George Best show returns to Belfast stage
Scarves and hankies at the ready as Dancing Shoes, the play about the life of George Best, returns to the Belfast stage. Playwright Marie Jones and her actor son Matthew McIlhinney chat to Jenny Lee about working together, and the enduring appeal of one of the city's most famous sons
TEN years after the death of Northern Ireland football legend George Best and five years after it's premiere, Dancing Shoes – The George Best Story returns to the stage telling the story of Best's colourful life on and off the pitch.
Among the nine-strong ensemble cast is Matthew McIlhinney, who plays numerous characters including the Elvis who married George and Angie in Little Las Vegas, the director from the famous Cookstown sausages ad and Manchester United manager Tommy Doherty.
As a huge Manchester United and Northern Ireland football fan, McIlhinney, son of Marie Jones and her actor/director husband Ian McIhinney, was delighted to be part of the cast of Dancing Shoes: The George Best story, even when it meant working with his mum.
While his two brothers choose alternative career paths – Darren is an engineer and younger brother David has just graduated with a degree in criminology – Matthew always seemed destined to follow in his parents' footsteps. His first show was Scenes from the Big Picture by Owen McCafferty in the Waterfront Hall back in 2007 when he was just 17.
"Even during his first year in Methody he came home and said they were putting on Bugsy Malone and he would be playing Bugsy. He did," says his proud mother, who co-wrote Dancing Shoes with Martin Lynch.
So, are expectations higher, given his mum and dad are such luminaries in the industry? "No, not at all, it doesn't bother me. Acting was always just something I enjoyed," the quietly spoken, yet confident 26-year-old tells me.
And did his parents try to dissuade him?
"You can't stop anyone if they have a passion and hunger. What we advised him was to have another string to him bow as the worst thing about being an actor is the downtime," says mum Jones.
McIlhinney has filled that gap with music. He sings, plays guitar and writes his own music, describing it as "a mix between blues and hip hop" and is shortly planning to record his debut album.
He will be singing in Dancing Shoes. It was the songs of JJ Gilmour and Pat Gribben that persuaded Jones to write the "play with music". When first asked to write the script, her response was "Are you out of your mind? We can't take on a legend." However, she and her good friend Lynch were won over by the powerful lyrics and agreed to work together on the play.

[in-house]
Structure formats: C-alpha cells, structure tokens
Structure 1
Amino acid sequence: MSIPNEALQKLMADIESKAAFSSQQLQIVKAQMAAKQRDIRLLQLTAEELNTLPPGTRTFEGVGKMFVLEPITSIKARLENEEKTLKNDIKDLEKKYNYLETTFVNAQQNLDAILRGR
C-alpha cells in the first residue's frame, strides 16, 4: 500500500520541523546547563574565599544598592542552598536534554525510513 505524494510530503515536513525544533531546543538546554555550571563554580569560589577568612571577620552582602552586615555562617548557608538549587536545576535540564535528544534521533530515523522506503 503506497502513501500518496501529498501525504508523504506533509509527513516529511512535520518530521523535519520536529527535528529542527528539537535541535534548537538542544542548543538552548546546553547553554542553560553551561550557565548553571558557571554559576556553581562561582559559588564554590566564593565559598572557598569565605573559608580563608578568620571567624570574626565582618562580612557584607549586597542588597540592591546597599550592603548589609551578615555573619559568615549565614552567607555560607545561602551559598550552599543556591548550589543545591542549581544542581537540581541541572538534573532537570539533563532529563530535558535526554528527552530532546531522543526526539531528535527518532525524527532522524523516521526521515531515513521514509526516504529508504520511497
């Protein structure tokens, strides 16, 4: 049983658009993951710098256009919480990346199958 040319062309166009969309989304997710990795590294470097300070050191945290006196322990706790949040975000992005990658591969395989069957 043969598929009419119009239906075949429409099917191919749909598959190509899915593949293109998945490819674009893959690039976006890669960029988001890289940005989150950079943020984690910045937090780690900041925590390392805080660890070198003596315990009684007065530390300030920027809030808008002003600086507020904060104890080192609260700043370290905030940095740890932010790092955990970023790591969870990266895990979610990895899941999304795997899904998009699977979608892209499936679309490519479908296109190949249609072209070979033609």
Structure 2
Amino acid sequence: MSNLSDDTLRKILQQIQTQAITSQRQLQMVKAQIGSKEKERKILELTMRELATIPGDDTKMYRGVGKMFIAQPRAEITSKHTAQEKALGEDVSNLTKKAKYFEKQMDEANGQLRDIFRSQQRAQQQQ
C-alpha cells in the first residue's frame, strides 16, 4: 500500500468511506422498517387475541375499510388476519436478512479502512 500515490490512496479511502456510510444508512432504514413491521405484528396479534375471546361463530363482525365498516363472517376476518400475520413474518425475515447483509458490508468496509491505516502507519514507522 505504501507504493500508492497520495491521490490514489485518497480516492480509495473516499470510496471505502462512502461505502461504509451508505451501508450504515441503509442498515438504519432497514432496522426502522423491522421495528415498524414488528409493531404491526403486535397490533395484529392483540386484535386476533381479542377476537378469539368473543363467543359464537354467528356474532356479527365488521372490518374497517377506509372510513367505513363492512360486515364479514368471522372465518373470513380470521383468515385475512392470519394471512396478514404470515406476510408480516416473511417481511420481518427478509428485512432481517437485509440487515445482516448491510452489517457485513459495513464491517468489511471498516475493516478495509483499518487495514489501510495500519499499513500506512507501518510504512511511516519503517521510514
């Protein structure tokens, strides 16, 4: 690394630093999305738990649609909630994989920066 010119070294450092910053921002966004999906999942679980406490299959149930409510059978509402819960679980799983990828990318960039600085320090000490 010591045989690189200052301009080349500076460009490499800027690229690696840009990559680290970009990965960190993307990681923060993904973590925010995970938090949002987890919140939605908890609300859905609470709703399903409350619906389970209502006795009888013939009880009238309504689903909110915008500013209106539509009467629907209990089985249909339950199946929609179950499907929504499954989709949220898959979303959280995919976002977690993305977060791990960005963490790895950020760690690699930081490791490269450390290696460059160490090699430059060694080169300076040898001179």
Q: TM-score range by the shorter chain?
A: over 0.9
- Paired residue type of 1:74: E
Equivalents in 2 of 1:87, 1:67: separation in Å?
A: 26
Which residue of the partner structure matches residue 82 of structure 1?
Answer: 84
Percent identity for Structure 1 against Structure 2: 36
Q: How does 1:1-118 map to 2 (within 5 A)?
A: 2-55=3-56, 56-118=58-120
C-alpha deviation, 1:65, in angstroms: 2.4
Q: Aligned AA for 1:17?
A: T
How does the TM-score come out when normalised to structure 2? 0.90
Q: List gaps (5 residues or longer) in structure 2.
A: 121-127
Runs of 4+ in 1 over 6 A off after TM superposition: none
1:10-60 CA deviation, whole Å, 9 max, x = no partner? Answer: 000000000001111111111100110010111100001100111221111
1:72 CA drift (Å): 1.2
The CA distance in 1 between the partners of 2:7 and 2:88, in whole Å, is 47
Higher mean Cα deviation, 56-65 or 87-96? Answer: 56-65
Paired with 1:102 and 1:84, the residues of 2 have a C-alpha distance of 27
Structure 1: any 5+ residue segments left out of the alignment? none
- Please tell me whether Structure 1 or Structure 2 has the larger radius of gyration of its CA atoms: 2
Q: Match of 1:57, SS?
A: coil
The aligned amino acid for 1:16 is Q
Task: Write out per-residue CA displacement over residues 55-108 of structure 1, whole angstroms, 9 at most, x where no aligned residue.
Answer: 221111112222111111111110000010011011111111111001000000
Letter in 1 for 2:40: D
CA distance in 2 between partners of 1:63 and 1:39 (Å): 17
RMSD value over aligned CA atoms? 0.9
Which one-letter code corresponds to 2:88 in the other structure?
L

"We watched the old tapes and plunged into the numerous autobiographies. Every time George ran out of money he wrote another book. His life was out there for us, it was public knowledge. The hard decision was choosing what to put in the play."
Jones was no stranger to the subject of football and for the past 15 years has attended Northern Ireland matches with her sons.
"My play Night in November was about sectarianism but the setting for the drama was football. Years after that my eldest, Darren, asked me to come with him to a Northern Ireland match saying that the IFA have worked very hard to take sectarianism out of football and it was my duty to go after writing a play that was so negative," she explains.
"It was fantastic. It had drama, community spirit, humour and as season ticket holders we've since travelled abroad to places such as Poland and San Marino."
Jones does regret not seeing Best play live and her son believes he was the world's greatest footballer. "Maradona was good, Pele better but George Best was the best," he says.
Almost a decade since Best's death, emotions are not as raw, that is "until you get into that theatre, which brings it all back – from that very first moment when you see this kid with a ball".
"It's got all the elements of great theatre – fantastic music, great acting, comedy and a tapestry of emotions. When the football died, George's soul died and the drink took over because he could never hit that high. The women had to be Miss World and he had to drink more than anyone else, but nothing could compare to walking into that theatre of dreams. George's life had the drama and the colour and this really gets into the story of that Belfast boy who became one of the best footballers in the world."
Audiences will see Best's life protrayed from his childhood days kicking a tennis ball against a gable wall on the Cregagh estate to a fame, fortune and eventual downfall due to his abusive relationship with alcohol – which killed him at 59.
The relationship Best, played by Aidan O'Neill, had with his mother Anne, and his amorous encounters with various Miss Worlds are explored, as is a poignant, yet humorous encounter with Northern Ireland's other wayward sporting genius, Alex Higgins.
"Alex was another big sporting hero was was destroyed but he ravages of alcohol because he couldn't cope with the world he was catapulted into. The two were friends and one of the most moving and funniest scenes takes place in hospital as Best lies on his death bed as they compare illness and have a dance together."
:: Dancing Shoes – The George Best Story runs at Belfast’s Grand Opera House from August 19 to 29. www.Goh.co.uk